If one thing has become painfully obvious in recent days, it’s that our social media echo chambers are drowning out fact; emotion is trumping reason. In our endless pursuit to confirm our biases, and aided invisibly by hidden algorithms that govern so much of our online selves, we’ve moved beyond fact into a post-truth society. What a time to be alive.
We’ve created a climate of post-truth anti-intellectualism, which values anecdotal evidence over peer-reviewed science. A minor celebrity with a penchant for pizza bases is somehow more qualified to sell you on a diet than actual nutritional scientists, no matter how many malnourished babies might suggest otherwise, and vaccines most definitely cause autism because Big Pharma is run by Reptilians who want to crush humanity under their taloned feet. The people trying to tell you the truth are in on the conspiracy, and your only hope lies in alternatives. It’s never been a better time to be selling snake oil.
You could say then, that I came into the first episode of Krishna Andavolu’s documentary series Weediquette, which investigates marijuana as a treatment for child cancer patients, with a healthy dose of scepticism. When it opened on a family barbeque in Portland, Oregon, with a bunch of stoned parents getting high on their kids’ supply, my eyes rolled so far back into my head they almost fell into my skull.
But what becomes clear very quickly, is that as much as Andavolu loves weed (which, it needs to be pointed out, is a lot), he’s also more than a little sceptical when it comes to its purported miraculous medicinal properties. He’s a journalist chasing a tricky story, hunting for truth amongst desperate parents and a burgeoning industry attempting to prove the effectiveness of treatments that vary wildly from practitioner to practitioner. And if you get to the other side of his first interview with a kid suffering leukaemia and aren’t hoping that by the end of the hour he’s uncovered irrefutable proof of the healing power of weed, then you must be some kind of robot.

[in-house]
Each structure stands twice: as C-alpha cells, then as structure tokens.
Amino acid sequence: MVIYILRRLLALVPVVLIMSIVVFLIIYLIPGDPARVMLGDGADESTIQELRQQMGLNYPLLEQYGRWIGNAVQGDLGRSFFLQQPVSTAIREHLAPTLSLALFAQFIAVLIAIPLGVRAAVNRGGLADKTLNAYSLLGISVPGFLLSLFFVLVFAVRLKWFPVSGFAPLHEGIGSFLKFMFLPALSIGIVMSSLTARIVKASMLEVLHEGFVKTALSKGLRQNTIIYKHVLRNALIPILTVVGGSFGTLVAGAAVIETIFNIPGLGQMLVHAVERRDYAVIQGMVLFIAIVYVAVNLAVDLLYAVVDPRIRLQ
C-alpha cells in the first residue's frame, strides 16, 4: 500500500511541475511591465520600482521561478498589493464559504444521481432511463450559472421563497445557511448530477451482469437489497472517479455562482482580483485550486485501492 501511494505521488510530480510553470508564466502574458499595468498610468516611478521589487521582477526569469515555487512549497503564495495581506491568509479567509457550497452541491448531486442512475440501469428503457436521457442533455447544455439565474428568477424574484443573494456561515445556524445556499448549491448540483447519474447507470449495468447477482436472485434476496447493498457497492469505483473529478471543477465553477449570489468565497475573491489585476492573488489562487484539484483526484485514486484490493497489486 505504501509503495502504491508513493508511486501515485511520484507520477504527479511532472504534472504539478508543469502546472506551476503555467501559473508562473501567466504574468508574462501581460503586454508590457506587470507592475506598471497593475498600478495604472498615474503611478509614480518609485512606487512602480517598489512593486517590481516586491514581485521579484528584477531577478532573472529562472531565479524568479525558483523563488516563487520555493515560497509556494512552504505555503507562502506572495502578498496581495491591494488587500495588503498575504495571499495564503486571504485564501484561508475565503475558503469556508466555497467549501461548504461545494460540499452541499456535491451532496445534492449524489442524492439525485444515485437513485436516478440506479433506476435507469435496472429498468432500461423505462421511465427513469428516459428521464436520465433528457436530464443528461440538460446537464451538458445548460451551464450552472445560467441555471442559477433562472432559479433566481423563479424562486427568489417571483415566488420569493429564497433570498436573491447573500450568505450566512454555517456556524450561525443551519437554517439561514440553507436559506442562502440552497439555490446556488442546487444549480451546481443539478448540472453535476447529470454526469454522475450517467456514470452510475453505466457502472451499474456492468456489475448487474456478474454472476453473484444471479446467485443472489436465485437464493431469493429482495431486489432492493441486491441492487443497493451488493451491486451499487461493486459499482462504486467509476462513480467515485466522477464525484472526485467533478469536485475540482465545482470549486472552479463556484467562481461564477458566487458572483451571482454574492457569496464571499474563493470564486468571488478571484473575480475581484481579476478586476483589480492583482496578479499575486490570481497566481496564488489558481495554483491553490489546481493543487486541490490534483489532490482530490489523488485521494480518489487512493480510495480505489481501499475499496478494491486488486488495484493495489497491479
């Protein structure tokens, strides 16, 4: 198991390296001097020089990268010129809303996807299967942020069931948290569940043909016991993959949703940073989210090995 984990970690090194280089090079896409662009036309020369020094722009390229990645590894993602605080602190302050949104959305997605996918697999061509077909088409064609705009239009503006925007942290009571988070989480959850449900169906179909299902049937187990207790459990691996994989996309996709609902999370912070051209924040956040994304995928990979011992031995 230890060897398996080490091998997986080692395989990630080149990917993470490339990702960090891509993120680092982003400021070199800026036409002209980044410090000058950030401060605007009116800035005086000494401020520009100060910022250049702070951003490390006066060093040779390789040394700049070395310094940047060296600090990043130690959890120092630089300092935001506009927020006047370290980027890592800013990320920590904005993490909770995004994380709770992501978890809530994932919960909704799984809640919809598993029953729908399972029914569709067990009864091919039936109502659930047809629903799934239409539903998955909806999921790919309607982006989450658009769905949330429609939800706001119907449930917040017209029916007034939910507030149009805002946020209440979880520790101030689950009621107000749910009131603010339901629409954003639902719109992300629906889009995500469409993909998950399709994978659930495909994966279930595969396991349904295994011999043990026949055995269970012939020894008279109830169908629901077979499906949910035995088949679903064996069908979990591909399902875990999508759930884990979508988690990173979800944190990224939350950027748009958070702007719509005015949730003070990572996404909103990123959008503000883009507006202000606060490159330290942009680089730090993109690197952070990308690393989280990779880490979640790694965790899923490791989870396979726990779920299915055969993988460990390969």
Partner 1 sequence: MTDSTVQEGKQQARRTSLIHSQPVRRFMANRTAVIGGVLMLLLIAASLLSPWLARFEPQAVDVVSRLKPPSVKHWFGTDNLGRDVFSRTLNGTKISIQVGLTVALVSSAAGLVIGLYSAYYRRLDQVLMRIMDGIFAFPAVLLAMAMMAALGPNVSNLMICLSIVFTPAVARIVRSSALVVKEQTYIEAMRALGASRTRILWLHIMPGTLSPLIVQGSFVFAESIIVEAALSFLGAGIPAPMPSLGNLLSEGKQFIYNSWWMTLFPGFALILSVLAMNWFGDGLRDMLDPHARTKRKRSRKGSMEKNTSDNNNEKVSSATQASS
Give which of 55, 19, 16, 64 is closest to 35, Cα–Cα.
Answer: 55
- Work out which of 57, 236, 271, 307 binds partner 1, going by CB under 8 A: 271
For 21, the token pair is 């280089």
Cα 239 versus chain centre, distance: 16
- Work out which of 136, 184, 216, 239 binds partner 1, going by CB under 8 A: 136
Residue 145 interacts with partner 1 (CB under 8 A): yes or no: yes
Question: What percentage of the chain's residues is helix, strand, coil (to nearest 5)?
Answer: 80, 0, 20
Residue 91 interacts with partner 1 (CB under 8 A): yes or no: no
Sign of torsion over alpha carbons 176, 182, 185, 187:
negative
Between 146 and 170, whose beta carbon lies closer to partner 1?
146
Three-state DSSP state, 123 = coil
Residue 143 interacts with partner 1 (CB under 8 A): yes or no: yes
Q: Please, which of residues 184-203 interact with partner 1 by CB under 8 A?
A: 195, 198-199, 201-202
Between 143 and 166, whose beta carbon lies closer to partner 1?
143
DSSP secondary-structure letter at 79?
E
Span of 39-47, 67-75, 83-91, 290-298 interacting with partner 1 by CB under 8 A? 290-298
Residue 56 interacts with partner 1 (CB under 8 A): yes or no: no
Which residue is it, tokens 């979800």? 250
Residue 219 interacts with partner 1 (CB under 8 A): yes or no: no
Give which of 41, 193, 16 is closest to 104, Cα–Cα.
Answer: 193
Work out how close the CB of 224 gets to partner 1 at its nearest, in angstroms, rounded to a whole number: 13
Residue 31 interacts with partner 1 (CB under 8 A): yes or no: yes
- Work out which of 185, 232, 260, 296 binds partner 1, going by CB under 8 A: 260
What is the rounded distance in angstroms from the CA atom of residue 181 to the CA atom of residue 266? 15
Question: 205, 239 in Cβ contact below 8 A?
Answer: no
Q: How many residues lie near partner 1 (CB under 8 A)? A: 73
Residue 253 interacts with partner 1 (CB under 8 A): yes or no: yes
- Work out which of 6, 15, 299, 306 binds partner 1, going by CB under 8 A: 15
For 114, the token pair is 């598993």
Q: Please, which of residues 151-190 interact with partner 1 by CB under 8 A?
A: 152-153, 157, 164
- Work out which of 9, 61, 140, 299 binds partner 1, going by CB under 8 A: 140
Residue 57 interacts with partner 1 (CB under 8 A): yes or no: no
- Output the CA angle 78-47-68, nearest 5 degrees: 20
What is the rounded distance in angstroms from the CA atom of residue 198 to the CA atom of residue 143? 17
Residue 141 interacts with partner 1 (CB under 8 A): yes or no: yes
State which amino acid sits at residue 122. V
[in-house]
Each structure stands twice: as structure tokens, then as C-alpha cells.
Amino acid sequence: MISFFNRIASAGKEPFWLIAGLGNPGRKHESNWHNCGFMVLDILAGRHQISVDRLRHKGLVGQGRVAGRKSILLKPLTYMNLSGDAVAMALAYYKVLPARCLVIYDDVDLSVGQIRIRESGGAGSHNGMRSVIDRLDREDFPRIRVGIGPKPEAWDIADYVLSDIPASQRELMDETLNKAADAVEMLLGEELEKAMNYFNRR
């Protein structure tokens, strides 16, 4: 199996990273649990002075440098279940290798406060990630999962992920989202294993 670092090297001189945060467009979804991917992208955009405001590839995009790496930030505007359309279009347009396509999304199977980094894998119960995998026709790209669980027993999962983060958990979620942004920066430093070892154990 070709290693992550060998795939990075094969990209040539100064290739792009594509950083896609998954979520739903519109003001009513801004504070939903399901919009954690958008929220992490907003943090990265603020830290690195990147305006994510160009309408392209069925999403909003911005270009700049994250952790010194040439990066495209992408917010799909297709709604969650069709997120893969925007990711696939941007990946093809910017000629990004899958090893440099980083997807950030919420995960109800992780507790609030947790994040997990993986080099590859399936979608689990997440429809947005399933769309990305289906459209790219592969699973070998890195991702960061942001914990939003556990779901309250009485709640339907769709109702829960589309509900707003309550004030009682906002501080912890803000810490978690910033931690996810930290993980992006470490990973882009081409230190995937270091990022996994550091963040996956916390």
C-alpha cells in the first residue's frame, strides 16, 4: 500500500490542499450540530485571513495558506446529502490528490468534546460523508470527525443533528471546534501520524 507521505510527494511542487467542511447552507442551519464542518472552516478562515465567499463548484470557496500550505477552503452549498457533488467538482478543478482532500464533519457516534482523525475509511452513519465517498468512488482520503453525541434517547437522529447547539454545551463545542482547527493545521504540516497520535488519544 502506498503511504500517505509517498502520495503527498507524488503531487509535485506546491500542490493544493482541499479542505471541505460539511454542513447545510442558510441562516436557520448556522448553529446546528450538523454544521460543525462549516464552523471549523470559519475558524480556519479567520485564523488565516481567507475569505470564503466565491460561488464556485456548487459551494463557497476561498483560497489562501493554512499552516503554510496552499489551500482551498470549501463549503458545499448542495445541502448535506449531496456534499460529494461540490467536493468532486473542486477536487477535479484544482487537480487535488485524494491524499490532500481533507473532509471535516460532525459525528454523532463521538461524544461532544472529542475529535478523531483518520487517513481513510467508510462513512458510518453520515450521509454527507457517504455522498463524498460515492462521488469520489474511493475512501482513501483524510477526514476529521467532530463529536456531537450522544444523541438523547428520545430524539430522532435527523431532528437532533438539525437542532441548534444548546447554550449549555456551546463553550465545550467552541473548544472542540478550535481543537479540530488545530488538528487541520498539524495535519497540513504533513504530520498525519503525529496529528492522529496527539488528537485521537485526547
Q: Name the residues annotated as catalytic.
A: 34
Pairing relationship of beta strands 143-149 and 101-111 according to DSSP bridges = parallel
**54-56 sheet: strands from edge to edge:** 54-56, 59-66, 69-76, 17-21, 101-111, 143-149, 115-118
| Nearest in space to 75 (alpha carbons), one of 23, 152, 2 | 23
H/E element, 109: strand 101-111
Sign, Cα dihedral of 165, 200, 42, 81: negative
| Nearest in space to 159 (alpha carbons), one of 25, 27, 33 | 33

It’s an emotional hour, but not by design. Andavolu isn’t trying to manipulate you, to use the stories of these sick children and their desperate parents to bring you over to his side of the argument; he doesn’t have a side he’s arguing from. Yet you can’t help but be emotionally affected when mother Tracy Ryan, angry at the inaction of the US government on medicinal marijuana research, describes her daughter and other sufferers like her as guinea pigs.
This is the reality of the state of marijuana research in the US. While the drug remains illegal on a federal level, there’s no ability to conduct the trials required to prove, or disprove, the anecdotal claims, and limited research findings that support them. So instead, there’s a coordinated, nationwide community of parents, experimenting on their own children because of government inaction, and a belief that weed can not only spare their kids from the ravages of chemotherapy, but cure them of their cancer altogether.
Today, it’s harder than ever to discern truth from what we read, hear, and watch. Supposedly real news sites will try to convince you that earthquakes in New Zealand were the result of offshore seismic blasting and the effects of a super moon, or that medical marijuana can cure cancer. Weediquette doesn’t attempt to draw any definitive conclusions, because the scientific evidence simply isn’t there, and in doing so, makes a case for itself as a must-watch for anyone who values true reporting.
Weediquette airs on Wednesdays at 8:30pm on SBS VICELAND. Stream the first episode on SBS On Demand: